To overcome the issue of data dependency during parallel execution, we developed a Python program that creates a replica of the existing test data set and maps it to individual suites.

Pain points that were solved during the transition from traditional to parallel architecture:

Dataset deadlock (solved conflict)

  • When using the sequential approach, automation utilized the same dataset. However, running tests in parallel caused conflicts as each suite modified the shared dataset in the database. To address this, allocating a separate dataset for each suite is crucial. This can be achieved through data replication, creating an exact replica of the existing dataset. By implementing this solution, each suite has its own data, ensuring independent handling and improved efficiency during parallel execution.

Database performance stability issues

  • Transitioning to a multi-threaded system posed stability challenges, including deadlocks, slow query execution, and connection drops. To address these concerns, we embarked on a solution-oriented approach by thoroughly examining the automation code. We undertook the task of restructuring lengthy queries and streamlining repetitive data-operations. Additionally, we reviewed and enhanced the automation of database transactions, focusing on targeting specific datasets rather than broader ones. These measures aimed to improve system performance and stability during the transition.

Simplification of debugging in parallel execution

  • Pinpointing failures becomes challenging when multiple automated processes run at the same time. If all instances use a generic dataset, any process can encounter issues with the same data. In the initial phase, we established a dedicated directory in the initial phase to store timed automation logs for failed executions. These logs were analysed alongside other ongoing automation suites, allowing us to adopt an incremental strategy for identifying and resolving each failure.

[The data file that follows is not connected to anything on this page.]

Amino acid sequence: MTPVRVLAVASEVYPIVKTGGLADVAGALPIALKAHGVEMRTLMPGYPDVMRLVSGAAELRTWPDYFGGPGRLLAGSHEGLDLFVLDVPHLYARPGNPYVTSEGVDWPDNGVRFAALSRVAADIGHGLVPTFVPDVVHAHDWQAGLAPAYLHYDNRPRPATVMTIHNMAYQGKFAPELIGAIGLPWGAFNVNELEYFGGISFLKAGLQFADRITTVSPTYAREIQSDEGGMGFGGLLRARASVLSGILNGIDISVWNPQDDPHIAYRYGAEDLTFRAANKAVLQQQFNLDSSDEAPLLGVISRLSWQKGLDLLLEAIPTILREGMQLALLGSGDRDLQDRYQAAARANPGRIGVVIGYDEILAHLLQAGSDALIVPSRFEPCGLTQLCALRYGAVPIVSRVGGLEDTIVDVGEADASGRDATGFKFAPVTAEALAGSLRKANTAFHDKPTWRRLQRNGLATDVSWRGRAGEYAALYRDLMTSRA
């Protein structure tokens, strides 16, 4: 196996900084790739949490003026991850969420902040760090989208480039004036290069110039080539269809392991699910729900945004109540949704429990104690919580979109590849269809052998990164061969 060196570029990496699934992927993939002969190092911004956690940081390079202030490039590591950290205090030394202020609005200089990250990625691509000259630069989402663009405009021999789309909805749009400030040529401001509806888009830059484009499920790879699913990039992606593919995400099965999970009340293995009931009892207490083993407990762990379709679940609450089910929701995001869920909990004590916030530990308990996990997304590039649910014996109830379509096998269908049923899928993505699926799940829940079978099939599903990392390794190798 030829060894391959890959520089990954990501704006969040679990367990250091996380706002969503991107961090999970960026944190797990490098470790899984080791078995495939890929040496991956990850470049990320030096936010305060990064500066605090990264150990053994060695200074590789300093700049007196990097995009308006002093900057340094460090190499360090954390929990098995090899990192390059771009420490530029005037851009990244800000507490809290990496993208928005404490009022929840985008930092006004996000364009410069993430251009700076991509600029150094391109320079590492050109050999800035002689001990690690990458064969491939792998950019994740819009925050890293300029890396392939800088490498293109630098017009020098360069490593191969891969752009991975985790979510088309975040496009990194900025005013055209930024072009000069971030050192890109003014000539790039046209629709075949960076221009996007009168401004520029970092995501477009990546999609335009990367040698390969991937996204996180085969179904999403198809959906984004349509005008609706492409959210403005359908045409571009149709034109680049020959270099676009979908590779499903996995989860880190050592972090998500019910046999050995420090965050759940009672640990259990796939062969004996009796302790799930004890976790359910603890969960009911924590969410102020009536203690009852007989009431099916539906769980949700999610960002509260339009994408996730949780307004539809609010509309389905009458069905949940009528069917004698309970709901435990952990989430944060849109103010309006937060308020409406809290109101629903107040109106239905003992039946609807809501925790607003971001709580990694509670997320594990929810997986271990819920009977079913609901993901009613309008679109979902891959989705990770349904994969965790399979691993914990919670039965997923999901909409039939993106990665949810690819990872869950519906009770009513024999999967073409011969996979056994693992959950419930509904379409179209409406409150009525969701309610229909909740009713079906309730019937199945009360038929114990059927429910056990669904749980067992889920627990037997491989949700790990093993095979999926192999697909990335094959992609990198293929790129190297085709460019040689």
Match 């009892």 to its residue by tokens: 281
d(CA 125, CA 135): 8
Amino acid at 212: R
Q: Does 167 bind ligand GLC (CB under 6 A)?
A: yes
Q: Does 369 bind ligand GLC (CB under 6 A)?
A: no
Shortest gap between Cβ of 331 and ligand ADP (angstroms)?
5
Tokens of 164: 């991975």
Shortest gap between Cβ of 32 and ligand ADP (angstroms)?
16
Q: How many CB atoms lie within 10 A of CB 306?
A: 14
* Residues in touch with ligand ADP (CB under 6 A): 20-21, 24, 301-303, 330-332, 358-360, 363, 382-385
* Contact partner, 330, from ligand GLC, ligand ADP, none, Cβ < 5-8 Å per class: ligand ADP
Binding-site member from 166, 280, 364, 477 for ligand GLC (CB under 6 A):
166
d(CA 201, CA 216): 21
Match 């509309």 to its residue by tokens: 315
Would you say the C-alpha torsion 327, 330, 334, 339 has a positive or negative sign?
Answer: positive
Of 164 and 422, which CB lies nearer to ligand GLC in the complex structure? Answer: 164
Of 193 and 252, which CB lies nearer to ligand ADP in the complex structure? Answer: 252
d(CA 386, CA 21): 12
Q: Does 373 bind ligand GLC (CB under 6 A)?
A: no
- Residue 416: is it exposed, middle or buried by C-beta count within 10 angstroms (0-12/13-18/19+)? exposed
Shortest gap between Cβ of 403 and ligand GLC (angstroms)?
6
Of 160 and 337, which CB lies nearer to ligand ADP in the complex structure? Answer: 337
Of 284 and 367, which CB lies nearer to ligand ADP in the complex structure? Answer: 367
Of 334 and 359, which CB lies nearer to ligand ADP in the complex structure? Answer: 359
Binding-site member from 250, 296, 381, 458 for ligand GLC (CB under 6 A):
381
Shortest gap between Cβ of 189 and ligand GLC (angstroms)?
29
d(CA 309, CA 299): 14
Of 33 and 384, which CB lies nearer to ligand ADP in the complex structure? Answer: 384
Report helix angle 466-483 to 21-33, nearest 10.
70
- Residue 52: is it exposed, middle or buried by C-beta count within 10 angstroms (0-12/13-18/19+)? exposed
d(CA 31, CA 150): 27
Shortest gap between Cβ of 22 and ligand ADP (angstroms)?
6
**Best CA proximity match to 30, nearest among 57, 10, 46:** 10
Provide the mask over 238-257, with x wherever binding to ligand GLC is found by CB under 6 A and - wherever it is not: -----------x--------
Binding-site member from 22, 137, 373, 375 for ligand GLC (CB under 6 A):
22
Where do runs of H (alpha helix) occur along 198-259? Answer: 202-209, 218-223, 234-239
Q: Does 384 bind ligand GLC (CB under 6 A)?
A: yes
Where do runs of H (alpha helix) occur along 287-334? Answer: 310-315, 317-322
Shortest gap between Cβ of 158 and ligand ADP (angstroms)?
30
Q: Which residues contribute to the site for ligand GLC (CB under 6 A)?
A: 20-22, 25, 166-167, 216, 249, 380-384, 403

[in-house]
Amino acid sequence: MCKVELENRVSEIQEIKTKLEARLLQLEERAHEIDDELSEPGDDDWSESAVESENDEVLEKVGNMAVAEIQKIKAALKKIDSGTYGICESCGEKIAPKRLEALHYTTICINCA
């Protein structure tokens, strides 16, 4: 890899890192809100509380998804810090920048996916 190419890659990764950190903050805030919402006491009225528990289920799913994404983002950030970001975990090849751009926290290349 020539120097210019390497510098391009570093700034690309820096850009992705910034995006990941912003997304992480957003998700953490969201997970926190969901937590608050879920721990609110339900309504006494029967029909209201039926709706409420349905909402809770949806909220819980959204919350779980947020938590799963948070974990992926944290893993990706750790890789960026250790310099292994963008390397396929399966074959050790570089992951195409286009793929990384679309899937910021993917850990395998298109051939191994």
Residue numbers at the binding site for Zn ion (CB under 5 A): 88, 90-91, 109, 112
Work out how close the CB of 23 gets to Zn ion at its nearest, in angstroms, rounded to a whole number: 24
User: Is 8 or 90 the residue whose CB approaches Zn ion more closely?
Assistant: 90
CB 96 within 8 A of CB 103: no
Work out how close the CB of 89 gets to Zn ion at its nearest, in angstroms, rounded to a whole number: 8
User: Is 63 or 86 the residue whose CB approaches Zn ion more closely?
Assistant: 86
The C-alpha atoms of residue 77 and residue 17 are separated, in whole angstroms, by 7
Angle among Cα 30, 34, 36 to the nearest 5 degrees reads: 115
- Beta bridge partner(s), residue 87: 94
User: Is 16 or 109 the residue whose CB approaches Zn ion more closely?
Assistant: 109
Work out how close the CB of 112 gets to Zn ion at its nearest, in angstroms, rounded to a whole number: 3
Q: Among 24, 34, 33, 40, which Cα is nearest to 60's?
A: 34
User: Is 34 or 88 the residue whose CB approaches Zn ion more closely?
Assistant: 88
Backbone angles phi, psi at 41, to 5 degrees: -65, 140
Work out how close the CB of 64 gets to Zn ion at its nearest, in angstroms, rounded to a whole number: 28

Test case idempotency

  • With a transition to a parallel test execution architecture, it becomes important to ensure that same test case can be executed multiple times without affecting the system under test. This is known as test case idempotency. When multiple instances of the same test case are executed concurrently, it can result in race conditions and inconsistent test results.

To ensure test case idempotency, it may be necessary to modify the test cases to make them more modular and independent. Also, the test environment must be configured to support parallel execution of same test cases without interfering with each other. Test cases should be modularized, breaking them down into smaller, independent units. Additionally, synchronization mechanisms should be implemented to control access to shared resources.

The outcome has been remarkable, reducing automation execution time from 48 hours to one hour, resulting in accelerated release signoffs. The implementation of LXC containerization-based automation architecture, known as Project Flash, has empowered PubMatic to keep pace with the rapidly evolving ad tech industry.